A New Positive-Pressure Device for Nasal Foreign Body Removal

From Pediatric Emergency Care:

Objectives: Nasal foreign bodies (FBs) are common causes of pediatric emergency consultations. The different methods for removing nasal FBs have varying levels of efficacy. The aim of this study was to evaluate the safety and efficacy of a new device for nasal FB removal in children.

Methods: A nasal occlusion device that uses modulated positive pressure to remove FBs was evaluated in a series of 18 patients ranging in age from 1 to 8 years diagnosed with a nasal FB during a period of 7 months.

Results: The device successfully removed FBs in 17 (94.4%) of the 18 patients. In 12 of the cases (66.7%), the FB was removed during the first attempt. None of the patients had complications or sequelae at the time of removal or at the follow-up visit.

Conclusions: The nasal occlusion device used in this study was found to be a promising, safe, effective, and easy to use tool for FB removal in a pediatric emergency room setting.

Emergency physician knowledge of reimbursement rates associated with emergency medical care

From the American Journal of Emergency Medicine:

Study Objective

We investigated emergency physician knowledge of the Centers for Medicare & Medicaid Services (CMS) reimbursement for common tests ordered and procedures performed in the emergency department (ED), determined the relative accuracy of their estimation, and reported the impact of perceived costs on physicians’ ordering and prescribing behavior.


We distributed an online survey to 189 emergency physicians in 11 EDs. The survey asked respondents to estimate reimbursement rates for a limited set of medical tests and procedures, rate their level of current cost knowledge, and determine the effect of health expenditures on their medical decision making. We calculated relative accuracy of cost knowledge as a percent difference of participant estimation of cost from the CMS reimbursement rate.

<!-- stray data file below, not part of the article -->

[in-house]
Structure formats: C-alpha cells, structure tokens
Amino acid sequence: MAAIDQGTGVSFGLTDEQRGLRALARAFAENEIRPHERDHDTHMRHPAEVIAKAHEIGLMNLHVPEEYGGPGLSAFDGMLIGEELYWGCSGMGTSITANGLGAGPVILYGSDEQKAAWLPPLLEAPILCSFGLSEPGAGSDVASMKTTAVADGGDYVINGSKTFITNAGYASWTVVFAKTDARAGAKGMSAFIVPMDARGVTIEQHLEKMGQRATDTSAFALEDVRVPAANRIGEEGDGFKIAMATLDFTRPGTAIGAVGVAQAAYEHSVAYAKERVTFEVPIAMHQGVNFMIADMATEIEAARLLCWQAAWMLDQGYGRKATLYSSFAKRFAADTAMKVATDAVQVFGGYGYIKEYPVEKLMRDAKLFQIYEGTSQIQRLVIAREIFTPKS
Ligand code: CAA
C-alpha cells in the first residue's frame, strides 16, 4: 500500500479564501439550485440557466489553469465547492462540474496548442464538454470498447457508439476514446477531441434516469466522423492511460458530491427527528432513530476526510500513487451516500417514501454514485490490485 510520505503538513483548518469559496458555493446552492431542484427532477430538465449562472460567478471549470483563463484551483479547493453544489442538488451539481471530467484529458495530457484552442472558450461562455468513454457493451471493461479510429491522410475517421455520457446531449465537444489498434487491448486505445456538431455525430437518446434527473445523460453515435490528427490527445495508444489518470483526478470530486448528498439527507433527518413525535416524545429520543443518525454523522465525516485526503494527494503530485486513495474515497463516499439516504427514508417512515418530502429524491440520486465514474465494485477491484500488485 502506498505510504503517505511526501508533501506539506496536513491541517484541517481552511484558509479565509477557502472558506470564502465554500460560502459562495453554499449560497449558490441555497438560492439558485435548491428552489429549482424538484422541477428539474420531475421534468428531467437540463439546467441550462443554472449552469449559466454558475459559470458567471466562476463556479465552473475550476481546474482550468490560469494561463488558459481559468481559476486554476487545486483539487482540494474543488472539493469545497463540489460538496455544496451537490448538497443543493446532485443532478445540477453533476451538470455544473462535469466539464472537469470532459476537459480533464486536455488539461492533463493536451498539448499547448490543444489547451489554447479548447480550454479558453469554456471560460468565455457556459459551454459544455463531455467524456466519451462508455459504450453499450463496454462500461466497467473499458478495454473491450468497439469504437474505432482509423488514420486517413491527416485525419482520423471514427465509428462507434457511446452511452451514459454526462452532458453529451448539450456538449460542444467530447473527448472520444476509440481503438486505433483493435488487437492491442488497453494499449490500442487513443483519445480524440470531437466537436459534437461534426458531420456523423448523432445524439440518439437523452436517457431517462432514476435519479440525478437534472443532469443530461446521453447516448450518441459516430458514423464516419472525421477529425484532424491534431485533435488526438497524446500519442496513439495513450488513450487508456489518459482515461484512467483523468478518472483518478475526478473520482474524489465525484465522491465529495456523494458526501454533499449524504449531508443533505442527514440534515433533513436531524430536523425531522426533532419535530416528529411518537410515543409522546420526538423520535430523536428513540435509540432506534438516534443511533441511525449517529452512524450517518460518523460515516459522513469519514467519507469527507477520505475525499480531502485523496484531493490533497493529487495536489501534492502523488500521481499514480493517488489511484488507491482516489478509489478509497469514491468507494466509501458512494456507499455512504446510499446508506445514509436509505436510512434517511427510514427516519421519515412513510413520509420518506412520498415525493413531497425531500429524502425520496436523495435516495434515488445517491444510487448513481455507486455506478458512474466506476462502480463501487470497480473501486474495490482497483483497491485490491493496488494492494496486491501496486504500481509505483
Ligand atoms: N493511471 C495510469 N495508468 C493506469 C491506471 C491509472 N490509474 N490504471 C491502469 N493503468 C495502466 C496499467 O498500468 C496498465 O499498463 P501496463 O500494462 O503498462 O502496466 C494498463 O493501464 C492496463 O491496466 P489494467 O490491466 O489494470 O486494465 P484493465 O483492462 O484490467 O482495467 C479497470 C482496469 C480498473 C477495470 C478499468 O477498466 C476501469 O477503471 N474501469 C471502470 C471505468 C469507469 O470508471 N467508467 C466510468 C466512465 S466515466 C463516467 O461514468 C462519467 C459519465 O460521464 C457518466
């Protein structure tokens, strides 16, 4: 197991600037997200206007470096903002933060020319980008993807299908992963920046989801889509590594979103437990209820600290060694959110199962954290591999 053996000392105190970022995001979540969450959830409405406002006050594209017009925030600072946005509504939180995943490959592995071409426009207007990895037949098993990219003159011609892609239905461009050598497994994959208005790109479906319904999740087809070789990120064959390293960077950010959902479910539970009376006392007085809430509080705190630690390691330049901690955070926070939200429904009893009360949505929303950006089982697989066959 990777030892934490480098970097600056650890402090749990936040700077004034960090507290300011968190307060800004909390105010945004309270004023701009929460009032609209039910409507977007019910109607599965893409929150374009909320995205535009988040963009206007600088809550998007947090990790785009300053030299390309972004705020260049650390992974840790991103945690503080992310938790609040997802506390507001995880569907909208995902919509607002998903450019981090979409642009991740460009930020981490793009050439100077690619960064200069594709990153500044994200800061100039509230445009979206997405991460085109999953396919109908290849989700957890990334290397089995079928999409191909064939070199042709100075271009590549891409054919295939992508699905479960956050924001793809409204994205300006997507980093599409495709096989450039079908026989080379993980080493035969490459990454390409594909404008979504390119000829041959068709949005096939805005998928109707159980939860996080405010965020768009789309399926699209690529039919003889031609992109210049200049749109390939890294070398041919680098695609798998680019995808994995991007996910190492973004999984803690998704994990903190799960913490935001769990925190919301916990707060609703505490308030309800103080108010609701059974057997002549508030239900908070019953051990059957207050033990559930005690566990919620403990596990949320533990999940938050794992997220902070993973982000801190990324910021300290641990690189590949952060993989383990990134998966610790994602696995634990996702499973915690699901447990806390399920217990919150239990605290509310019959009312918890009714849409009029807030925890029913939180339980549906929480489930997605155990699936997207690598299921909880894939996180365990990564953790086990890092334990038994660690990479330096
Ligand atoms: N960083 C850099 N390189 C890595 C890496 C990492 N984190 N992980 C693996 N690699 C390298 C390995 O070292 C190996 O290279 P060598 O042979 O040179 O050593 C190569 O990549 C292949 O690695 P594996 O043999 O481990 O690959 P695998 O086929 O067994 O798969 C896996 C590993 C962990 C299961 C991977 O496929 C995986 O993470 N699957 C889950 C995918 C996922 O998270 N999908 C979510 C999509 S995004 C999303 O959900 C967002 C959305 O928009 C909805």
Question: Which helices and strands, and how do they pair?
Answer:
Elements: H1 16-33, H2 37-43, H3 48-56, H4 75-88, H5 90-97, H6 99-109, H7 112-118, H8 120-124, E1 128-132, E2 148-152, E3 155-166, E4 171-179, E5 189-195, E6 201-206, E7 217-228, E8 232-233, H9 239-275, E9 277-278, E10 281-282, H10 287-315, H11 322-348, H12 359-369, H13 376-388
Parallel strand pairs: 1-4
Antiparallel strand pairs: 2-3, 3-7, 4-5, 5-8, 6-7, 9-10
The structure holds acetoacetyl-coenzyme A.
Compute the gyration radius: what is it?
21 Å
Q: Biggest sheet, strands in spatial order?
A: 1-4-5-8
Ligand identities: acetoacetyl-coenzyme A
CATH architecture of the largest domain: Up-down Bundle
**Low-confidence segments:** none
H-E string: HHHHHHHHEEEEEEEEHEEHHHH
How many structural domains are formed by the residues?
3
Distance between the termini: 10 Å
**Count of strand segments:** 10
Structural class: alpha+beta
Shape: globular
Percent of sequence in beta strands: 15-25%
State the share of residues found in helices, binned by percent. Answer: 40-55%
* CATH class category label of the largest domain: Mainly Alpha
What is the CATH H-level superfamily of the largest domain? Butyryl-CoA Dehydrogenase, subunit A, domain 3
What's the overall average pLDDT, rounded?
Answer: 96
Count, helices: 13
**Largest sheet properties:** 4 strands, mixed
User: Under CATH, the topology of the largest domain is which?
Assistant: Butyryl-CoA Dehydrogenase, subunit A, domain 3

Ninety-seven physicians participated in the study. The majority of respondents (65%) perceived their knowledge of costs as inadequate, and 39.3% indicated that beliefs about cost impacted their ordering behavior. Eighty percent of physicians surveyed were unable to estimate 25% of the costs within ±25% and no physicians estimated at least 50% of costs within 25% of the CMS reimbursement and only 17.3% of medical services were estimated correctly within ±25% by one or more physicians.


The majority of emergency physicians indicated they should consider cost in their decision-making but have a limited knowledge of cost estimates used by CMS to calculate reimbursement rates. Interventions that are easily accessible and applicable in the ED setting are needed to educate physicians about costs, reimbursement, and charges associated with the care they deliver.

Clinical implications for patients treated inappropriately for community-acquired pneumonia in the emergency department

From BMC Infectious Diseases: